OK folks… I was hoping to get a definitive answer to one question which has been raised: Is the Landlord bound to put the fosse aux normes…or can it wait until the property is sold…???
Probably as a result of the free-flowing aperos etc…along with all the other alcoholic beverages (hic hic)…at yesterday’s Luncheon… no clear answer was forthcoming… however, it was mentioned that the local council (as Landlord) had to bring the Bar/Resto up to current-day normes (in every aspect) every time there was a change of Tenant…
Likewise, the council houses… when a Tenant moved out… the workmen moved in… and it can get very expensive…
Anyway… I will be speaking with SPANC tomorrow and will report back asap.
Yes I just couldn’t understand why he is allowed to rent it as a four bedroom property when if I buy it I have to change it because it doesn’t comply. They say it isn’t big enough to service the house which I believe as when we have a shower we have to use a plunger to make the water go away. Lots of gurgling sounds as well. Just doesn’t seem fair.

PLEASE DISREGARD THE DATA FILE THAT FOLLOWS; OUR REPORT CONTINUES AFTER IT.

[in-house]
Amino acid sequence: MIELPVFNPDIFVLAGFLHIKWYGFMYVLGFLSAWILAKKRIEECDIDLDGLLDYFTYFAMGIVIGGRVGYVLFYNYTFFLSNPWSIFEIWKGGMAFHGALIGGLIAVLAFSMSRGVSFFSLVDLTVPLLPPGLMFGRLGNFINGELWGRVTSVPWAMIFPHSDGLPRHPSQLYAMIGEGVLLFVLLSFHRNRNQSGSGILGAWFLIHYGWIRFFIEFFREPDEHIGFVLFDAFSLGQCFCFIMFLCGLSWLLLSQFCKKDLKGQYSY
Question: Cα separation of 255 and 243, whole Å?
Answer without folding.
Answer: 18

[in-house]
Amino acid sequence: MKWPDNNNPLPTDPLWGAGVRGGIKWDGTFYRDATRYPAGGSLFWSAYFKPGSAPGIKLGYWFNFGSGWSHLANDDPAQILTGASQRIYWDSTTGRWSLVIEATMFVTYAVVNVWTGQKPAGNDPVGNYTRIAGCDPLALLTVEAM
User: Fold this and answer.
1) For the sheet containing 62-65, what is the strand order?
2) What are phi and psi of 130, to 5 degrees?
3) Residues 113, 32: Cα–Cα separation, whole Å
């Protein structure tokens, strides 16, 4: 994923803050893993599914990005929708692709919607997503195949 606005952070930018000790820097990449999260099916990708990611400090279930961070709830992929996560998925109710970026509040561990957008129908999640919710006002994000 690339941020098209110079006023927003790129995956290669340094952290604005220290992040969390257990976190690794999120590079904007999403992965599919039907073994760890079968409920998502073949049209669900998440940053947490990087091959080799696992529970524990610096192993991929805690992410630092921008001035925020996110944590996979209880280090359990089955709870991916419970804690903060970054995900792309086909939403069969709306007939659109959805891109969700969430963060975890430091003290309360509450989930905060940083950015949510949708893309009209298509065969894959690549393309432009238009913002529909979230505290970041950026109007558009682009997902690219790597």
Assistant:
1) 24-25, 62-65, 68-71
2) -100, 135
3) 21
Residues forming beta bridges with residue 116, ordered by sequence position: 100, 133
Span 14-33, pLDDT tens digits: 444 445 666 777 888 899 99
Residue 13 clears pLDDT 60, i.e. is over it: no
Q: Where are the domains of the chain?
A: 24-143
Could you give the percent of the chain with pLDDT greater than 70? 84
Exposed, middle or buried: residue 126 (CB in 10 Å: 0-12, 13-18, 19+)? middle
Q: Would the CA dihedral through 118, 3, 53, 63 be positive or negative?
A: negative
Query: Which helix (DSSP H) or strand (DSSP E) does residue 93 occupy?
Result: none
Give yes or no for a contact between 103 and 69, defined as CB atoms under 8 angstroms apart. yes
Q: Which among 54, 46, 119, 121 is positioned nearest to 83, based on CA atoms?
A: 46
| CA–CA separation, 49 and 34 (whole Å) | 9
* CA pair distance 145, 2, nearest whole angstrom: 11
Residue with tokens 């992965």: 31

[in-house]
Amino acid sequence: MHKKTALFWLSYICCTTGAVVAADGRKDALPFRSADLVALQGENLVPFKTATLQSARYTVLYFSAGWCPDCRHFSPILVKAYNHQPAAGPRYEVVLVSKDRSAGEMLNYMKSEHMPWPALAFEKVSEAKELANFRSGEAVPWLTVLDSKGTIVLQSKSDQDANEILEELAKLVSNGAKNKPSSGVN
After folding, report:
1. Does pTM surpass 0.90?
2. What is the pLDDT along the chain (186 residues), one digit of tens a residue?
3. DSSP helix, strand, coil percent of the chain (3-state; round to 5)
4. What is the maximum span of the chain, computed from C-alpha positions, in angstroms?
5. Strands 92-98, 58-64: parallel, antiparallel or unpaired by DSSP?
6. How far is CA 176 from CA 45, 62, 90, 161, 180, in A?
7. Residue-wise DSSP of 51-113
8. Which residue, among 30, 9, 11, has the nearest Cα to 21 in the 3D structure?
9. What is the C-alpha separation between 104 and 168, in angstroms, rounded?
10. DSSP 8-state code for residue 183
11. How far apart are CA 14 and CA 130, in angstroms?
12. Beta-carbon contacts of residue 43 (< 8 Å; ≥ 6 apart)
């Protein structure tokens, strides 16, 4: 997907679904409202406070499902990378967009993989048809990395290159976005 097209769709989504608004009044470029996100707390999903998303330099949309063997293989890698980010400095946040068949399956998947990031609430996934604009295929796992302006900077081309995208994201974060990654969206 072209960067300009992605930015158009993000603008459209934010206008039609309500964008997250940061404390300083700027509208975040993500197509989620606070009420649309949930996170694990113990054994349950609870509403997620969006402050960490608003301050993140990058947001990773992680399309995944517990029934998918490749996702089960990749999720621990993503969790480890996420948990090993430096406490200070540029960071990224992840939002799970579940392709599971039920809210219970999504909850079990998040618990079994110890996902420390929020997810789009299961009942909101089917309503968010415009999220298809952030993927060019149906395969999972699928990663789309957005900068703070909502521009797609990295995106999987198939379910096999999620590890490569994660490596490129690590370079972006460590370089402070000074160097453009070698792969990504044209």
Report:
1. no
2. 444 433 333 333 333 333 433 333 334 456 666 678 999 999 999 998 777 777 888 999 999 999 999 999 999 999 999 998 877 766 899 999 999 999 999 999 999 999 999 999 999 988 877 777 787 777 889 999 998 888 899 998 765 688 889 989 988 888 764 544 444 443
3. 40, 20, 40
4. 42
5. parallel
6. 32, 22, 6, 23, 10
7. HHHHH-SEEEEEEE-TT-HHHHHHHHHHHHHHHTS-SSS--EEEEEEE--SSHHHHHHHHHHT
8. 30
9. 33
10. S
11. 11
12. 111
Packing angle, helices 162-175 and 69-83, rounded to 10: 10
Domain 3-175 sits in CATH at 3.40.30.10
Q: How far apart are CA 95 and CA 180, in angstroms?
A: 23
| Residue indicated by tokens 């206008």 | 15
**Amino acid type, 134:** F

Thats fab - would be grateful for the answer.
The shower might not even go into the fosse if is NC, it may well just be a build up of “slime” and a hefty dose of a déboucher (from all supermarkets) down the plug hole should do the trick.
I suspect the answer is going to be, because that’s what French law says.
Look at it this way. If the question of purchase had not come up, he wouldn’t have mentioned the issue to you and you’d presumably have continued living there without any of this ever crossing your mind, and it wouldn’t have occurred to you to think anything unfair.
A gurgling shower is very unlikely to have any connection with the size of the fosse in any case. For one thing your grey water will not be going into the main tank if it’s not a fosse toutes eaux, gurgling noises are usually down a blockage somewhere as Mark says, or a blocked vent. If the fosse was full, as you seem to be thinking, you’d know about it!